The Daily Plight for People with Disabilities in India - protest

However, research has indicated that implementing small changes in the architectural plans of buildings is not overly expensive.

Another argument is the problematic idea that there is a “lack of market”. This is incredibly damaging as it implies that people do not view the disabled community as a worthwhile customer base.

It is a misconception that there is a lack of market since this has resulted from the existing unavailability of these services. This has led to an absence of opportunities to be hired in the workforce.

Beliefs that people with disabilities do not want to go out, or they cannot raise a family, or socialise are flawed.

This does not take into account the environment that does not allow them to do these things – not because they lack the desire to do so.

It is crucial to understand that this lack of access directly affects people with disabilities being able to complete work to a set standard.

The right to access as stated in law is explicitly linked to the right to work. This cannot be fulfilled fully without a suitable work environment.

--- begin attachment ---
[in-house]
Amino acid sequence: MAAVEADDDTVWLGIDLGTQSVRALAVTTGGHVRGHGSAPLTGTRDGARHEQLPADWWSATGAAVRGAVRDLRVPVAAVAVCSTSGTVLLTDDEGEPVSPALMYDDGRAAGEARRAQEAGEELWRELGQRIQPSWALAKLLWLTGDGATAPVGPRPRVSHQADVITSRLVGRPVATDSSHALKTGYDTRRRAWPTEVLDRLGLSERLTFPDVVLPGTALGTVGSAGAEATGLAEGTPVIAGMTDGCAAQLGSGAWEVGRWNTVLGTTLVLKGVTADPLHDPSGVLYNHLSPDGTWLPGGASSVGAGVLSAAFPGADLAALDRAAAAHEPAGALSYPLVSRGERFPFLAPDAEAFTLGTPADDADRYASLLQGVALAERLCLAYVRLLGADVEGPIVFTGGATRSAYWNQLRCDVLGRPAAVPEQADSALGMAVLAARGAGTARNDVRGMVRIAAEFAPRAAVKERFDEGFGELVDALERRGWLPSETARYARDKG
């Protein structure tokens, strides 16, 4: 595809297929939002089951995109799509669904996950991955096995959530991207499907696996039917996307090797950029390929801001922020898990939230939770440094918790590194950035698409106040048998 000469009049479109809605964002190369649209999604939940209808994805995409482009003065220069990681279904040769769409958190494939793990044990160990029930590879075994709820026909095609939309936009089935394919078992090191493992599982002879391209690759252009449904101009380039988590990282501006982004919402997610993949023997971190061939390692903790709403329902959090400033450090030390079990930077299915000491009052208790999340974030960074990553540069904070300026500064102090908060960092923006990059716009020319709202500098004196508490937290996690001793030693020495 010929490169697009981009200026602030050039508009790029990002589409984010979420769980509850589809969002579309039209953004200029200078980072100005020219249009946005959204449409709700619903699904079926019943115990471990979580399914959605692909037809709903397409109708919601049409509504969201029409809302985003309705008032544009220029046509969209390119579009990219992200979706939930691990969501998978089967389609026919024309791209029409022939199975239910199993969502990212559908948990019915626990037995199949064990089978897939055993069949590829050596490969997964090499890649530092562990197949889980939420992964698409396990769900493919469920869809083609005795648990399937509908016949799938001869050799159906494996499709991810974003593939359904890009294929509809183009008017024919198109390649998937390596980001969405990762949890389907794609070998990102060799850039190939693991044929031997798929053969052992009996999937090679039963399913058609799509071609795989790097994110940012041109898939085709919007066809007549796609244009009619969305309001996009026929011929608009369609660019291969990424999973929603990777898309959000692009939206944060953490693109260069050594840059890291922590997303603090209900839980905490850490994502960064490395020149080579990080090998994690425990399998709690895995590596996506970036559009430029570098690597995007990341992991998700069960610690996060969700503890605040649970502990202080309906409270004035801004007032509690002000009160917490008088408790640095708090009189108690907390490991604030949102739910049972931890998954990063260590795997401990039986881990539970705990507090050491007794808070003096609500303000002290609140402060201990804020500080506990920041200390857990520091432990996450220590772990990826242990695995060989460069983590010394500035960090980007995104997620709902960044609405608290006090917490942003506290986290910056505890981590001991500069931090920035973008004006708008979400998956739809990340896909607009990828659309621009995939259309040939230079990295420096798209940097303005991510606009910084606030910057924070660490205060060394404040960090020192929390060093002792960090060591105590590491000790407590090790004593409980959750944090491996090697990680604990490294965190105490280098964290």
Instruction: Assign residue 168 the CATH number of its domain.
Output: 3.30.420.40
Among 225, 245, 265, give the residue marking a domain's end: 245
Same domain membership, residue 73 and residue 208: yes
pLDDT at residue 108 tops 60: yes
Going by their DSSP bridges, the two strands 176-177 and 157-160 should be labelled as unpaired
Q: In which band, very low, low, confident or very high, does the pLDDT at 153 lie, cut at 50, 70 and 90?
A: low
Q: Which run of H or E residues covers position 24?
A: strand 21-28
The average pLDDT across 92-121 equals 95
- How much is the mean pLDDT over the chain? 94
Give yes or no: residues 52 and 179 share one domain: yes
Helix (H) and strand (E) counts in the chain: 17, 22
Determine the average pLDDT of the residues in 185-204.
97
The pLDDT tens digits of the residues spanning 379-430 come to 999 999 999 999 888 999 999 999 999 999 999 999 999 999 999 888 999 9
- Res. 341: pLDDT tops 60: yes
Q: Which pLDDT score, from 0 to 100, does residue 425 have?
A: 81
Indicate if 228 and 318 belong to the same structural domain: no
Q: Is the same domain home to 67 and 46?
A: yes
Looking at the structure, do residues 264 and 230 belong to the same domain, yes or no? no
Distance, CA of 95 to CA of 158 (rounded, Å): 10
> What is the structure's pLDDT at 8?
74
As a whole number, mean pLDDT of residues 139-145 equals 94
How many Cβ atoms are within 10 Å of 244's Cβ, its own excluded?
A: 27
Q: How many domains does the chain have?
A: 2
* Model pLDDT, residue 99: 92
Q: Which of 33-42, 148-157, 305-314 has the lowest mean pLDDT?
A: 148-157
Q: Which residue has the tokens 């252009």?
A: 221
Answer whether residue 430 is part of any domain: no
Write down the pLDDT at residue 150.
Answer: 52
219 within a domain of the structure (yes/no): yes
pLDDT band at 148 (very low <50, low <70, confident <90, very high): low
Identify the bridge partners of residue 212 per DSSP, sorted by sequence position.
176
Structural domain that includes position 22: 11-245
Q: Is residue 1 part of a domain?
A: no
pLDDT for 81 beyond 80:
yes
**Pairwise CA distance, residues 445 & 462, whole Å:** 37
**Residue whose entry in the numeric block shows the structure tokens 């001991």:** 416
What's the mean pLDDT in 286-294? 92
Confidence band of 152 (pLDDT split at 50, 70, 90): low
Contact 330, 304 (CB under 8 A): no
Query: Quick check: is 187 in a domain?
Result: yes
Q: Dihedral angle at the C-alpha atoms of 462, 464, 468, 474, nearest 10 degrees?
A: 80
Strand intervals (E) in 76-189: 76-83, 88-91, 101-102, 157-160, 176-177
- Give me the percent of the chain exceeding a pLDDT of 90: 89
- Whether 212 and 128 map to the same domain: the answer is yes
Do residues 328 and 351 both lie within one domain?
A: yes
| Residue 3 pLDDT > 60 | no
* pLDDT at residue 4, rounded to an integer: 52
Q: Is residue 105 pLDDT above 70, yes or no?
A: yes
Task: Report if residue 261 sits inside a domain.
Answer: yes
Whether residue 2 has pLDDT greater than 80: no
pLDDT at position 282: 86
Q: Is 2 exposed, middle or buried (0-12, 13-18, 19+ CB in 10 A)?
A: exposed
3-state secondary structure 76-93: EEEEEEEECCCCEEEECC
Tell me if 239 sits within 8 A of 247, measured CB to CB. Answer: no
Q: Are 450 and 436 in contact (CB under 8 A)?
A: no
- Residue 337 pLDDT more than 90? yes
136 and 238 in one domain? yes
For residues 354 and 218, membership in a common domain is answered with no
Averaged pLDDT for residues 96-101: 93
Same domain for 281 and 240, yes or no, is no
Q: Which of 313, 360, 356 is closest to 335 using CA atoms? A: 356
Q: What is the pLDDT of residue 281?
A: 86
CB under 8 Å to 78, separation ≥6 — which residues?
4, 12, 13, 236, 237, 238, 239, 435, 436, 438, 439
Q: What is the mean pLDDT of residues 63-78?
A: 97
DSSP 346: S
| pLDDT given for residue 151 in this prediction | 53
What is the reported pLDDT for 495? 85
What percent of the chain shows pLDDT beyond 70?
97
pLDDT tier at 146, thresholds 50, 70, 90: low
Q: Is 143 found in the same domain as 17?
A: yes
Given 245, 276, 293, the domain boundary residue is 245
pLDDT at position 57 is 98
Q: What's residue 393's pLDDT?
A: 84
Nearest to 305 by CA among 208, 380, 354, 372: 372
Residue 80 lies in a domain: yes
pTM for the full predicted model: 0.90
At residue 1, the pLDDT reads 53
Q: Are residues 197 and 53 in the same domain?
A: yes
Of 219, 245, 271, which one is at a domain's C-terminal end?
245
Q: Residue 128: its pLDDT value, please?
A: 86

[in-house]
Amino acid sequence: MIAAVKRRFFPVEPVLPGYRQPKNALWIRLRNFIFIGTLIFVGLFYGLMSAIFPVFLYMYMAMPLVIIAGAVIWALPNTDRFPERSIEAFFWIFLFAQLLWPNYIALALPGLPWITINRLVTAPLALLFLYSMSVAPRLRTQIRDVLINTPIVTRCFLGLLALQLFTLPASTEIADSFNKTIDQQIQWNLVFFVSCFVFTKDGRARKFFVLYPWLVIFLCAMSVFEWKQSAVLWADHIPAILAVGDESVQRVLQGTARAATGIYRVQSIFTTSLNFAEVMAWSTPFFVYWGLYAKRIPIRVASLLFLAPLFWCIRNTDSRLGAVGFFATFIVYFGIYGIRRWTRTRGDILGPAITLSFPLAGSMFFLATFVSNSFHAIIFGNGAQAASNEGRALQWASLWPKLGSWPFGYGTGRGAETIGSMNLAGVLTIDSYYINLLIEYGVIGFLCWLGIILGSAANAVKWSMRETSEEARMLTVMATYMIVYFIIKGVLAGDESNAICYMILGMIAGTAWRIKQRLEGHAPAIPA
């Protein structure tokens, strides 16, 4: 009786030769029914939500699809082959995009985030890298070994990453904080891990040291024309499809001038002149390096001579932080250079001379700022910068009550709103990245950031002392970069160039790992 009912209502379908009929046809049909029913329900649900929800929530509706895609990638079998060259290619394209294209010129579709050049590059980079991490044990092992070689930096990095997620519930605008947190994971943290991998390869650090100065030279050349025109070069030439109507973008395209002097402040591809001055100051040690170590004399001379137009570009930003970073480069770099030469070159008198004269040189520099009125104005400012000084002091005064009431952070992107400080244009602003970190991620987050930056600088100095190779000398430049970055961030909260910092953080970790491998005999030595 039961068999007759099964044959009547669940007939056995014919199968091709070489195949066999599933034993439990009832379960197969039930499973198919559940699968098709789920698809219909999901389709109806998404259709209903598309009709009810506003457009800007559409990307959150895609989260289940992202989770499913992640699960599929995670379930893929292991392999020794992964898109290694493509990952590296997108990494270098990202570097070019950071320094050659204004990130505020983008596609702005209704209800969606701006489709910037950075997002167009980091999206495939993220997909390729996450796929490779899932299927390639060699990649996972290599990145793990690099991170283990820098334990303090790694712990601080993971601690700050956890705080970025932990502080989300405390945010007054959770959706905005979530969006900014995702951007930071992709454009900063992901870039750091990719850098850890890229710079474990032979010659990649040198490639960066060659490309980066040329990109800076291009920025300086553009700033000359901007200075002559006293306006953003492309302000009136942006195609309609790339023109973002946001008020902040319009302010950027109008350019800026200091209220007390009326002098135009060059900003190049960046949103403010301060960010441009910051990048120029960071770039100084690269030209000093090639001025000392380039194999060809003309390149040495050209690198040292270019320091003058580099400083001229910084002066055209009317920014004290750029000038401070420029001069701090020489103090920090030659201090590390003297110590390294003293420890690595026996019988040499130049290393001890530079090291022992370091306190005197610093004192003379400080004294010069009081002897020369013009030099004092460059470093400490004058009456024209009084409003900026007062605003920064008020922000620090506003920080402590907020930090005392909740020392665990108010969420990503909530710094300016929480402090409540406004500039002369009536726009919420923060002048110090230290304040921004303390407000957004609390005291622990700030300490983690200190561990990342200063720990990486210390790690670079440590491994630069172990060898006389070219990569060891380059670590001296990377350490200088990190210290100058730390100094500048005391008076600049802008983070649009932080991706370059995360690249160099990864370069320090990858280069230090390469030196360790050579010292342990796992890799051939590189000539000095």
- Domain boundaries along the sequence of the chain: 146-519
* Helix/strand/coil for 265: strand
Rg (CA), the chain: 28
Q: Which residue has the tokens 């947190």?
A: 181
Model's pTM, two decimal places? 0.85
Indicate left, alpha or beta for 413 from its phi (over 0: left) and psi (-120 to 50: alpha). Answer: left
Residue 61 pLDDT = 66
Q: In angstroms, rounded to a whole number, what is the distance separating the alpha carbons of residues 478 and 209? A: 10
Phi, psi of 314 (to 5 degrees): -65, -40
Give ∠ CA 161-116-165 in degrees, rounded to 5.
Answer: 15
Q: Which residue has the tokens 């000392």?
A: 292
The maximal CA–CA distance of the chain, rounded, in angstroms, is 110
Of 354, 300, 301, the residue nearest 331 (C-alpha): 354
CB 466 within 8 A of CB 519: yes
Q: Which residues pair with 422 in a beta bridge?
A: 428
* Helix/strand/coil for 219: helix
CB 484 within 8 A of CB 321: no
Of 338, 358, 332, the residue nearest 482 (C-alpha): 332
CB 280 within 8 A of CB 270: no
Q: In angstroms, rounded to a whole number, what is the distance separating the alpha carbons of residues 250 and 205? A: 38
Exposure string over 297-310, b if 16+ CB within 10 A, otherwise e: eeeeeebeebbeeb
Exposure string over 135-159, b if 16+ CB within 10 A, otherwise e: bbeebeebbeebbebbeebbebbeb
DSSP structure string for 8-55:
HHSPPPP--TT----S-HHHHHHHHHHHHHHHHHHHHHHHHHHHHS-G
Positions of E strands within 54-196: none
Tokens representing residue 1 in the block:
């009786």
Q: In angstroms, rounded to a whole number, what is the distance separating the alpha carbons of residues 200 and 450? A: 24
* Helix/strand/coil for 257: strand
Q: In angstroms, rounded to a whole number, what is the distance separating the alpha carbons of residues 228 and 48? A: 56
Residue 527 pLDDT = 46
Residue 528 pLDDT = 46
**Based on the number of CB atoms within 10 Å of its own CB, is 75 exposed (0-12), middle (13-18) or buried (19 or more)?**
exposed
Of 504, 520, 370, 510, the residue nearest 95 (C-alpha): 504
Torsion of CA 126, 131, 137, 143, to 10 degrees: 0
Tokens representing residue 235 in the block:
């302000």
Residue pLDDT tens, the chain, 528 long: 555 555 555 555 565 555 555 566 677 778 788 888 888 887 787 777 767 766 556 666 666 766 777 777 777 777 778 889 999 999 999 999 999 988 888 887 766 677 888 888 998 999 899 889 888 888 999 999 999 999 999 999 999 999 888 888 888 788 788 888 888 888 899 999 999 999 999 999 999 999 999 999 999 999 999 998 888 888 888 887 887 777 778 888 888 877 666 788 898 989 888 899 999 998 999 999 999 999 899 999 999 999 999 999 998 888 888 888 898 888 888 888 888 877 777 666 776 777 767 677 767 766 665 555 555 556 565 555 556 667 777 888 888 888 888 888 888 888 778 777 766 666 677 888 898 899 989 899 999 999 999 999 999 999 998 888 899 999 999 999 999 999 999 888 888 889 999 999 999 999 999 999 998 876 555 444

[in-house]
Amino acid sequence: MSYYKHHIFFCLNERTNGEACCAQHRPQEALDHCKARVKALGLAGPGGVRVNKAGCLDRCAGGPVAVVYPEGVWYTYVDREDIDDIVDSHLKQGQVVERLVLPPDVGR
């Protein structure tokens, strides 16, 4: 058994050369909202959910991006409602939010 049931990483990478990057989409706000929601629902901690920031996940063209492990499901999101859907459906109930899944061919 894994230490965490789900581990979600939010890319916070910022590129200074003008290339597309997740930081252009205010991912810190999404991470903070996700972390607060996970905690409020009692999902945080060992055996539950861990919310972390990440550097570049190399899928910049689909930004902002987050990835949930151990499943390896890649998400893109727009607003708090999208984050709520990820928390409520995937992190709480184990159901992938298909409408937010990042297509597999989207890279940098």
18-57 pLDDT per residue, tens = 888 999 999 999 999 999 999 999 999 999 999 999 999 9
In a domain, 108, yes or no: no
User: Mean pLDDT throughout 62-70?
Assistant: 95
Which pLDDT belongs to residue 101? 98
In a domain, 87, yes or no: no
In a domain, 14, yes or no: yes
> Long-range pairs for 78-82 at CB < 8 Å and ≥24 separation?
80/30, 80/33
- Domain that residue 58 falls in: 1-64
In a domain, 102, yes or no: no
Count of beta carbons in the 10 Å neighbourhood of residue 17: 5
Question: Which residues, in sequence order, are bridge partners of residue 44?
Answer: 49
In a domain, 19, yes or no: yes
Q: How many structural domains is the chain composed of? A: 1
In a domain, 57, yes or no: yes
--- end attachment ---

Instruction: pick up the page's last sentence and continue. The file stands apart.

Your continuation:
Regardless of one’s physical state of being, everyone deserves their voice to be heard. Only once this infrastructural problem in India is resolved, can the prejudice against the disabled be countered.

When social interaction in all aspects of daily life is possible, will we begin to see discourse reading people with disabilities begin to shift in a positive direction?

Charities such as Indiability are working to do change these attitudes in India. As part of their mission they are:

“Working towards a future where they have greater rights and a fuller role in society… and to do away with injustice that is a barrier to success”.

It is initiatives like this and actions by people like Virali that will spark the change needed. Hopefully, in the near future, we will see the problems of social inequity and acceptance towards people with disabilities end.

Shanai is an English graduate with an inquisitive eye. She is a creative individual who enjoys engaging in healthy debates surrounding global issues, feminism and literature. As a travel enthusiast, her motto is: “Live with memories, not dreams”.

Names have been changed for confidential reasons.